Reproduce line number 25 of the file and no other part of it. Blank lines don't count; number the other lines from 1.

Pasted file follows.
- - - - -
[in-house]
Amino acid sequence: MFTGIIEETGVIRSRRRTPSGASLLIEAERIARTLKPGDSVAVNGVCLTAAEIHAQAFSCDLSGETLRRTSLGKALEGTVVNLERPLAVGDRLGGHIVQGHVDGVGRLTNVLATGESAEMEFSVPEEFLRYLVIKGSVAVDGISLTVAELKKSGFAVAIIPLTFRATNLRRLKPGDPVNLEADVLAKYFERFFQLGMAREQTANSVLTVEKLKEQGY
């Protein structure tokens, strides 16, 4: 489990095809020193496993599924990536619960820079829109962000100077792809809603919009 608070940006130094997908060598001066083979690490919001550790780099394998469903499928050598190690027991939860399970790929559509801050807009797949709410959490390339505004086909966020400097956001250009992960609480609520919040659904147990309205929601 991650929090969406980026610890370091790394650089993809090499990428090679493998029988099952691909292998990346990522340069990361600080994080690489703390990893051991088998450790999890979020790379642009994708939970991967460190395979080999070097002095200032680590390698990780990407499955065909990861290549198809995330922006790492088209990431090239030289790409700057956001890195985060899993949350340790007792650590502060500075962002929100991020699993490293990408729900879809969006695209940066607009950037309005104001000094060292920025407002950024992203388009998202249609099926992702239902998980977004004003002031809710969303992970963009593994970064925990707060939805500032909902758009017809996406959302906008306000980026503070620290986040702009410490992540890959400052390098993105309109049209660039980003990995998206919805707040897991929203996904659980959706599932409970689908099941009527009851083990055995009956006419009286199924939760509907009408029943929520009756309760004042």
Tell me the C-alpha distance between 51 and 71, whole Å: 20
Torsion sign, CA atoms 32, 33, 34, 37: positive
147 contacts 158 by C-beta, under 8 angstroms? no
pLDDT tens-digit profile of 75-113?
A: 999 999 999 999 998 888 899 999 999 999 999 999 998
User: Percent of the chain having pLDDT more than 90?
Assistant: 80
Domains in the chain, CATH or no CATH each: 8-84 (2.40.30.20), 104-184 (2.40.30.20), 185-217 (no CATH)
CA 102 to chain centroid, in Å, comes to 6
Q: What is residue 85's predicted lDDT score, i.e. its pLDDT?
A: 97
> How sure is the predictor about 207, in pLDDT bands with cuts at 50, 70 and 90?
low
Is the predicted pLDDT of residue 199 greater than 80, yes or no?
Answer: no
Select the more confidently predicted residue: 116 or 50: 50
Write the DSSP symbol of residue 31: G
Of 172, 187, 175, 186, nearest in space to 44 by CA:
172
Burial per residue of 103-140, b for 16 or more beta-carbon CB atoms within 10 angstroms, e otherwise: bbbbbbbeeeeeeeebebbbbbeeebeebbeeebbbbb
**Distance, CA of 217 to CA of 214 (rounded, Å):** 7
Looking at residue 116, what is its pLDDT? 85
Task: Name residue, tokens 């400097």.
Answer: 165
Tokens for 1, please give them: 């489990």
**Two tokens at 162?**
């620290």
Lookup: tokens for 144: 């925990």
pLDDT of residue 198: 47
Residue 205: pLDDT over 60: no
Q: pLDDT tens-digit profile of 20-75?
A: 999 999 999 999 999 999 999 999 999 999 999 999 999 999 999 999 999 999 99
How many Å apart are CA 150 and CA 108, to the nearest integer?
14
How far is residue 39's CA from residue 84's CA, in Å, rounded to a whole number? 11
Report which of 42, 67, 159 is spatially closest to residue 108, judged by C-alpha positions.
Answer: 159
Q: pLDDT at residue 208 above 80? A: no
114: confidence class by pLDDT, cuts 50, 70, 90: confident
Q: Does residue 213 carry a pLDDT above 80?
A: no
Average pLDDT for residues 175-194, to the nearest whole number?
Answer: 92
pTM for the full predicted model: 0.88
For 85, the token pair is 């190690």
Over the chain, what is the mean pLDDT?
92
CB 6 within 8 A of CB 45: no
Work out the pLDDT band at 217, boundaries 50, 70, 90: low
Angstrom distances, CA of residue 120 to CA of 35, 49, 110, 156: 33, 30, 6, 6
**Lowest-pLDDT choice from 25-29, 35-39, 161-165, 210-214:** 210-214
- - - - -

Looking at residue 116, what is its pLDDT? 85